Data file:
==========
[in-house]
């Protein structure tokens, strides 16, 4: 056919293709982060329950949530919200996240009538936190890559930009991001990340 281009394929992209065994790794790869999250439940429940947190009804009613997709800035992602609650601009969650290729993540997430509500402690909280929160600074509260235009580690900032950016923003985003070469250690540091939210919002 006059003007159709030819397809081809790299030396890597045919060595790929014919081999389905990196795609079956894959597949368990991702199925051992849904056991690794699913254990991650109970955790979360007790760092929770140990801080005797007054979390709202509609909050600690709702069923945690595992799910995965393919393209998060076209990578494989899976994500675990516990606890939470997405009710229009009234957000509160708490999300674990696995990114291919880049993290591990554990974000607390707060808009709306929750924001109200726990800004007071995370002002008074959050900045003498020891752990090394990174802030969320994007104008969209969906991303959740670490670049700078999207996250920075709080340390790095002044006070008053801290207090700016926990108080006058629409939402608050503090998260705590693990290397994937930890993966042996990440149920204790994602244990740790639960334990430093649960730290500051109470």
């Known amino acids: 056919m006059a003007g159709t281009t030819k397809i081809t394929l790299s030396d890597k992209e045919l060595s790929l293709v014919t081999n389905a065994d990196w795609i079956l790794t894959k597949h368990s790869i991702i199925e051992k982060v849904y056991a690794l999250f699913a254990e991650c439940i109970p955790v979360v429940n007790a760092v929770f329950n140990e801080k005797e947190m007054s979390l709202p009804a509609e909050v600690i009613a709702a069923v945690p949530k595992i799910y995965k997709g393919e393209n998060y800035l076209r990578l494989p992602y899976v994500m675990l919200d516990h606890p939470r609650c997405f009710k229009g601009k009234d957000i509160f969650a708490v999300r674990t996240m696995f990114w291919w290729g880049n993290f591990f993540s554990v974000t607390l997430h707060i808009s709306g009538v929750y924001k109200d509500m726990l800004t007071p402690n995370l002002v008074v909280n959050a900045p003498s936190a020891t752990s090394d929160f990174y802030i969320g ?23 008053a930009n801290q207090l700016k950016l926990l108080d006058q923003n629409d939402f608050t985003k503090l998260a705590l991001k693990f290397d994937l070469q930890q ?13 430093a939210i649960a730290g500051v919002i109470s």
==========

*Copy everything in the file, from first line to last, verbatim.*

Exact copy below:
[in-house]
């Protein structure tokens, strides 16, 4: 056919293709982060329950949530919200996240009538936190890559930009991001990340 281009394929992209065994790794790869999250439940429940947190009804009613997709800035992602609650601009969650290729993540997430509500402690909280929160600074509260235009580690900032950016923003985003070469250690540091939210919002 006059003007159709030819397809081809790299030396890597045919060595790929014919081999389905990196795609079956894959597949368990991702199925051992849904056991690794699913254990991650109970955790979360007790760092929770140990801080005797007054979390709202509609909050600690709702069923945690595992799910995965393919393209998060076209990578494989899976994500675990516990606890939470997405009710229009009234957000509160708490999300674990696995990114291919880049993290591990554990974000607390707060808009709306929750924001109200726990800004007071995370002002008074959050900045003498020891752990090394990174802030969320994007104008969209969906991303959740670490670049700078999207996250920075709080340390790095002044006070008053801290207090700016926990108080006058629409939402608050503090998260705590693990290397994937930890993966042996990440149920204790994602244990740790639960334990430093649960730290500051109470």
């Known amino acids: 056919m006059a003007g159709t281009t030819k397809i081809t394929l790299s030396d890597k992209e045919l060595s790929l293709v014919t081999n389905a065994d990196w795609i079956l790794t894959k597949h368990s790869i991702i199925e051992k982060v849904y056991a690794l999250f699913a254990e991650c439940i109970p955790v979360v429940n007790a760092v929770f329950n140990e801080k005797e947190m007054s979390l709202p009804a509609e909050v600690i009613a709702a069923v945690p949530k595992i799910y995965k997709g393919e393209n998060y800035l076209r990578l494989p992602y899976v994500m675990l919200d516990h606890p939470r609650c997405f009710k229009g601009k009234d957000i509160f969650a708490v999300r674990t996240m696995f990114w291919w290729g880049n993290f591990f993540s554990v974000t607390l997430h707060i808009s709306g009538v929750y924001k109200d509500m726990l800004t007071p402690n995370l002002v008074v909280n959050a900045p003498s936190a020891t752990s090394d929160f990174y802030i969320g ?23 008053a930009n801290q207090l700016k950016l926990l108080d006058q923003n629409d939402f608050t985003k503090l998260a705590l991001k693990f290397d994937l070469q930890q ?13 430093a939210i649960a730290g500051v919002i109470s």